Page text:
# Second Harmonic Generation and Absorption Spectra

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Light of frequency shining on a nonlinear material can generate, in addition to the fundamental frequency , higher harmonics of frequencies , , , and so on. If the material is noncentrosymmetric, the dipoles produced by the valence electronic motion driven by the nonlinear polarization can produce even-order harmonic generation. The simplest even harmonic generation has double the fundamental frequency of and is known as second harmonic generation (SHG).

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Contributed by: Hendradi Hardhienata (May 2014)

(Center for Surface and Nanoanalytics, JKU, Linz, Austria and Department of Physics, Bogor Agricultural University)

Idea suggested by: Kurt Hingerl

(Center for Surface and Nanoanalytics, JKU, Linz, Austria)

Open content licensed under CC BY-NC-SA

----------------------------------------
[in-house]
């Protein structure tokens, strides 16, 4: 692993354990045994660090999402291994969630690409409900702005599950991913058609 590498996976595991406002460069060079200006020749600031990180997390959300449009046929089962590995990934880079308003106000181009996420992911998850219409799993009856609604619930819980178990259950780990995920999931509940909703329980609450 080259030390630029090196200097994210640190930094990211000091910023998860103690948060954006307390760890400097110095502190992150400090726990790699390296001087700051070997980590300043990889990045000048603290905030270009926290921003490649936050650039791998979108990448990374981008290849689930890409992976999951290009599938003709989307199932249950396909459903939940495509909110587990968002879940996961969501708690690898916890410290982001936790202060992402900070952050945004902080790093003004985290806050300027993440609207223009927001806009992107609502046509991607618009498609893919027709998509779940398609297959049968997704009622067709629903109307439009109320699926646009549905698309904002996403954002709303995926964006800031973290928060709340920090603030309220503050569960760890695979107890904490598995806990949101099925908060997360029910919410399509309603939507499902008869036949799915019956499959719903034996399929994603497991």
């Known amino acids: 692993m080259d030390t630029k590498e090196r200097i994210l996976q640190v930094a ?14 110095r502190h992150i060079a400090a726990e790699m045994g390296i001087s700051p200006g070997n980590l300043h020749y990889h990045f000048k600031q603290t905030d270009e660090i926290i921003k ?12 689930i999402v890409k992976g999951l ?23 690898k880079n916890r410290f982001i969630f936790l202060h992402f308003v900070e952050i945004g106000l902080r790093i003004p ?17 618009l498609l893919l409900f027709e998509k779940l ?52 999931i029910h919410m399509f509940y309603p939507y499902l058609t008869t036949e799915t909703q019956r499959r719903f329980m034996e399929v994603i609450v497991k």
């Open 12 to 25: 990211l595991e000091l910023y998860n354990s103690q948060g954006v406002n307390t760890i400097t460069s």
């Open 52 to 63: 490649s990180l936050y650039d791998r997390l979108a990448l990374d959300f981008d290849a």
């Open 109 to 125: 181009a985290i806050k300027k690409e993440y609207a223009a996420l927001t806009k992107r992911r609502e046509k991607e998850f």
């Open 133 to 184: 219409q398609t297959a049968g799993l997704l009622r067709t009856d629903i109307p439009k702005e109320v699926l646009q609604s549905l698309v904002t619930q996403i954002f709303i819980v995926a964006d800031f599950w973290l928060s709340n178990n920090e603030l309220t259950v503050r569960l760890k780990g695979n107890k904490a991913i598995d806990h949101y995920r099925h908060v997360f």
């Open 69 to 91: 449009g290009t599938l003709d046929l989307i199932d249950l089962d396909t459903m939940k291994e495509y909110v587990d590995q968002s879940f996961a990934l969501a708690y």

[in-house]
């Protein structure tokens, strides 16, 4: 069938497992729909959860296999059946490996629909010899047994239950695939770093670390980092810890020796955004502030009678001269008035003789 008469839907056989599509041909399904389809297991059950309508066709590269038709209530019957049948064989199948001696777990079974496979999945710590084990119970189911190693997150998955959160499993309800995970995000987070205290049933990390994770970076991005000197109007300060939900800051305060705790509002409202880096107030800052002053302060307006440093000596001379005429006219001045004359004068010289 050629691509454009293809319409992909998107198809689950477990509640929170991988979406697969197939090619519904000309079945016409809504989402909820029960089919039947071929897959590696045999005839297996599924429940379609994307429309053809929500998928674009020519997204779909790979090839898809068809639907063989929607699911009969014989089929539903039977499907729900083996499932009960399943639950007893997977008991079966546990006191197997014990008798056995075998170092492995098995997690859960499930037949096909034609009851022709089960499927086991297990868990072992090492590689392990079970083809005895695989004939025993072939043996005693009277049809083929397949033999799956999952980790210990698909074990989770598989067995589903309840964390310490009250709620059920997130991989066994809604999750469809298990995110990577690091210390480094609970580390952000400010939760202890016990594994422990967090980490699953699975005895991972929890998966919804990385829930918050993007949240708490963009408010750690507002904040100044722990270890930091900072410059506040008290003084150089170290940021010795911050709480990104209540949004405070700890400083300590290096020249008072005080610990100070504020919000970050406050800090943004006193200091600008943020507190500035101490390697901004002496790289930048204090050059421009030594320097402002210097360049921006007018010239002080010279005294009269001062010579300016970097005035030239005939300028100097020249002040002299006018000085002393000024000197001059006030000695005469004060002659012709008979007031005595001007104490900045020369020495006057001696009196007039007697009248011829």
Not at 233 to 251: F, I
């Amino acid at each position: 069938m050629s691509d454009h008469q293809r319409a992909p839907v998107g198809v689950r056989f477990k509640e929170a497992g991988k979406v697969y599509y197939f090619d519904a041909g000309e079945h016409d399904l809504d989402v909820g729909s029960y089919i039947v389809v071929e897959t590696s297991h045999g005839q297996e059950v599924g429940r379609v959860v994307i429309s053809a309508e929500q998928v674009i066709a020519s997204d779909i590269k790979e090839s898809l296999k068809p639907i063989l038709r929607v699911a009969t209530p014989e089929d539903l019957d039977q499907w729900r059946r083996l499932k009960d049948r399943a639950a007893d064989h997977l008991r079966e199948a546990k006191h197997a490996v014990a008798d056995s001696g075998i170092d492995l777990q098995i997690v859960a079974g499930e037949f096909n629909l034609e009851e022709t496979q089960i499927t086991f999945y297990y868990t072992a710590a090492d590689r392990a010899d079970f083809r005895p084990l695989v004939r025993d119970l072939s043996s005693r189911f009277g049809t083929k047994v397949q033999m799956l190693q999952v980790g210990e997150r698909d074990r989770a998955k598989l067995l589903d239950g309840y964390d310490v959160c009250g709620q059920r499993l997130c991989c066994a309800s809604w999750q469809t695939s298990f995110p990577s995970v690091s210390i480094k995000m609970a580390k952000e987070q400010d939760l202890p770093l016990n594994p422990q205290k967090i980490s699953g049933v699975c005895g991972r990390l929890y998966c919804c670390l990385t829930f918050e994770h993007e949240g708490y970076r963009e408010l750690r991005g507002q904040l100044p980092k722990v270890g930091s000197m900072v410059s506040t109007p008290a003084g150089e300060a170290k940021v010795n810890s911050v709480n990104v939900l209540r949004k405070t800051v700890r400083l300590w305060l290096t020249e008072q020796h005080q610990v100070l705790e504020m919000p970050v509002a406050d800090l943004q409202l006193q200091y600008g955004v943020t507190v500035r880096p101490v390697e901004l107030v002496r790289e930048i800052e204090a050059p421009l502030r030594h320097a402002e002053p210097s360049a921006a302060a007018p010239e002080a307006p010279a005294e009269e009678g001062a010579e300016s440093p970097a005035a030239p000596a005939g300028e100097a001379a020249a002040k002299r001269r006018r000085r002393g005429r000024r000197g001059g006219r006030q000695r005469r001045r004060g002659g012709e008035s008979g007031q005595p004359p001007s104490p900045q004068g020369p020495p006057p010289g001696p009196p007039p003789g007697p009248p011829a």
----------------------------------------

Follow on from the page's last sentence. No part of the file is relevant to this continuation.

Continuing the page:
## Snapshots

## Details

The linear and second-harmonic susceptibility can be calculated from the one-dimensional anharmonic Lorentz model:

,

where is the displacement of the electron, is the fundamental frequency of the system, is the electronic charge, is the damping constant, is the electron mass, is the driving field, and is the nonlinear coefficient given by

,

where is the lattice constant. Solving the model using an approximation method similar to the Rayleigh–Schrödinger perturbation theory gives the linear susceptibility

and the second harmonic susceptibility

,

where

is the linear susceptibility for the frequency .

For a step-by-step derivation of the formulas, see [1].

Here

,

, the vacuum permittivity,

,

,

,

,

,

.

The absorption curve can be obtained from . Although not shown here, the real SHG susceptibility can simply be obtained using . The real linear and SHG susceptibility does not violate causality because it is consistent with the Kramers–Kronig relation. This is, however, not always the case in nonlinear optics, especially in time-resolved spectroscopy involving pump-probe input (e.g. four-wave mixing), where when coming into the nonlinear material, the pump signal precedes the probe signal, or in processes where the probe produces self-induced absorption on the material. More on this can be found in [2].

References

[1] R. W. Boyd, *Nonlinear Optics*, 2nd ed., San Diego: Academic Press, 2003.

[2] V. Lucarini, J. J. Saarinen, K.-E. Peiponen, E.-M. Vartiainen, *Kramers-Kronig Relations in Optical Materials Research*, New York: Springer, 2005.

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